Addressing the crisis of climate change requires action on several fronts. We now need large-scale deployment of carbon removal alongside critical reductions in emissions. Carbon removal refers to natural or technological approaches for removing carbon dioxide from the atmosphere.
We're a non-profit that analyzes carbon removal opportunities based on the best available science and data. We help organizations make specific decisions towards their carbon removal goals. And we work collaboratively to build open tools and resources for the evaluation and deployment of carbon removal and other climate solutions.

Our work


We collaborate with researchers to build open source data and tools for carbon removal and climate solutions. Through this work we produce datasets, models, interactive articles, and commentary on climate policies and programs.


We engage with companies, non-profits, and government organizations to help analyze climate programs and projects. We focus on transparency and quality, bringing standards and shared concepts to complex technical problems.

Technologies and sectors

We work across a range of strategies that remove carbon dioxide from the atmosphere.
Forests are natural carbon sinks, capturing carbon dioxide from the atmosphere through the chemical reactions of photosynthesis and storing it in their biomass, about half of which is carbon. Carbon removal projects with forests can include planting trees or other vegetation to restore existing forests, or preventing deforestation, which enhances the natural carbon sink — but all remain at risk to natural or human disturbance.
Soil carbon sequestration occurs when changes to land management practices increase the storage of carbon in soils. Practices include the addition of cover crops, changes from conventional tillage to no tillage, and applying soil amendments. In theory, these practices can both increase soil storage and crop health, but they must be maintained over time for effective carbon removal.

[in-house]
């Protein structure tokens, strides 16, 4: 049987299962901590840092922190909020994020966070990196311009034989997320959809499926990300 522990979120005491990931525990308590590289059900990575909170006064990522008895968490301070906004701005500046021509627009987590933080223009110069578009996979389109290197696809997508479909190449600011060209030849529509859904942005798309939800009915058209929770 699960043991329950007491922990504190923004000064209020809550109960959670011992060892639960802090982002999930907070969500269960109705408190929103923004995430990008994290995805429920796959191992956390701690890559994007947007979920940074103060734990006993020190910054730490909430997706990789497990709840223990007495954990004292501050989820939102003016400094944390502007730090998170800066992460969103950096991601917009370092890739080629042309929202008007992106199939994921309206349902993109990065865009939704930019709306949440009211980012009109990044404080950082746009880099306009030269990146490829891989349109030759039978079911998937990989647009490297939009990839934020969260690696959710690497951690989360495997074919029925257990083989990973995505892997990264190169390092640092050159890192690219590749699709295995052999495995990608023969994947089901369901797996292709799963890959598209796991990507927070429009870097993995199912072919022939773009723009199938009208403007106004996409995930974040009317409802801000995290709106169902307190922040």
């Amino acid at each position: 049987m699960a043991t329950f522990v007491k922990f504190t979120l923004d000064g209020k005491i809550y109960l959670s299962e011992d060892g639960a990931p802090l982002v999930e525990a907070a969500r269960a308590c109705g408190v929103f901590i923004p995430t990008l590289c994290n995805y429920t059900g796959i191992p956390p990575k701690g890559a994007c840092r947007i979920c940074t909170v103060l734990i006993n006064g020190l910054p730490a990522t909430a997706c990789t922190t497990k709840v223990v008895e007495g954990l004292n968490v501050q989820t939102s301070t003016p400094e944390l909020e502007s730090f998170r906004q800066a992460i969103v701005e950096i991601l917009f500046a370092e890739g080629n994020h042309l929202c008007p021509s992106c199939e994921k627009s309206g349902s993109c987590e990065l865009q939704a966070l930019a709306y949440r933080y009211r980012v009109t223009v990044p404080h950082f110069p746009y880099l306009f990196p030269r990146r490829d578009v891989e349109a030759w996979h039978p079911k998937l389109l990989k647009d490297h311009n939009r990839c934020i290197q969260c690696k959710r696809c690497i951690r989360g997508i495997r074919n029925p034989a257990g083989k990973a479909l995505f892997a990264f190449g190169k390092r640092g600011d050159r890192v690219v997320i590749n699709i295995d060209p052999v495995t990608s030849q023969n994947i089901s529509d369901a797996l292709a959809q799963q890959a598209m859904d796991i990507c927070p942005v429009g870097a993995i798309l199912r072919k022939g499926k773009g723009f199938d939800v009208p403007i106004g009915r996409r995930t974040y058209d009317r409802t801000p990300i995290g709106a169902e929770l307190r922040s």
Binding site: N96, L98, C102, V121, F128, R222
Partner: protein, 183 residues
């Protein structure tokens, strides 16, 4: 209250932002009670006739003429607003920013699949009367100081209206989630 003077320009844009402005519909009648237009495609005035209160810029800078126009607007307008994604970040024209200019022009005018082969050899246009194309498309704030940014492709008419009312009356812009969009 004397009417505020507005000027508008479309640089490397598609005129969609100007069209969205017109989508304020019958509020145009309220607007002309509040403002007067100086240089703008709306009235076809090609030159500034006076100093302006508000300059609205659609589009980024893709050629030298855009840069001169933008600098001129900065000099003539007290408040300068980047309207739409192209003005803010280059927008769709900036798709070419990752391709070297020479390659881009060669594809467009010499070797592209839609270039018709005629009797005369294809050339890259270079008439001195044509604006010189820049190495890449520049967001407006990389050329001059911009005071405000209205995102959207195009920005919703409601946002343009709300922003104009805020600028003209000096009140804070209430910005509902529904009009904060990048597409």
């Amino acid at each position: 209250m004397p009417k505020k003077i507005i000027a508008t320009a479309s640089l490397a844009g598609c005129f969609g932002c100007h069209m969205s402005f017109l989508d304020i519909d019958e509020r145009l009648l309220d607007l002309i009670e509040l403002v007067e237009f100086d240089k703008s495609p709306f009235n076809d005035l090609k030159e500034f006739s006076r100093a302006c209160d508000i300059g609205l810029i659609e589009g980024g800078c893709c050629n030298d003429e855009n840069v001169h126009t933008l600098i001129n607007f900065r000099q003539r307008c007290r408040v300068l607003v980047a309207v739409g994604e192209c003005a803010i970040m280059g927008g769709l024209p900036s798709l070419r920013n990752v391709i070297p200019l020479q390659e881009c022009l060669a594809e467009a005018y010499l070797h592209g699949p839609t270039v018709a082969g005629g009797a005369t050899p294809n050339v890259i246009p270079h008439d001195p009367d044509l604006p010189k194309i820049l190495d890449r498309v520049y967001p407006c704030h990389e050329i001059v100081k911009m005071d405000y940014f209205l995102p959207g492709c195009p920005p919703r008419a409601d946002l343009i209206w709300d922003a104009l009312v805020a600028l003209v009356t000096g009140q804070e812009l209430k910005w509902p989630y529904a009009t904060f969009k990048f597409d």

When biological systems sequester carbon, it ends up in a form that will eventually decompose and result in carbon dioxide emissions. It is possible to take biomass and convert it to some more durable form, such as building materials or biochar. While producing these materials on its own is not carbon removal, the complete system of biomass production and carbon storage removes carbon dioxide from the atmosphere.
Direct air capture is a class of technologies that use synthetic sorbents or solvents that selectively bind carbon dioxide. Large contactors housing these chemicals use fans to expose them to carbon dioxide, and chemical separation is then used to recover the carbon dioxide in pure form. The resulting stream can be combined with mineralization or geological injection to achieve permanent carbon removal.
When alkaline materials react with carbon dioxide they form solid carbonate minerals that can achieve effective permanent carbon removal. Source materials include naturally occurring silicates like olivine and serpentine, or wastes from mining operations. Specific implementations can include grinding minerals for reaction with carbon dioxide in ambient air, or injecting pure carbon dioxide into alkaline-rich geological formations.
The world's oceans are vast carbon sinks with a critical role in the carbon cycle. At least two pathways may accelerate uptake and storage of carbon in the ocean. The first is to enhance the productivity of organisms in the ocean, such as phytoplankton. The second is to increase the store of inorganic carbon in the ocean through the extraction, processing, and dissolution of minerals. Both have enormous potential scale, but require significant research and testing.
CarbonPlan is a registered non-profit public benefit corporation in California with 501(3)(c) status pending.
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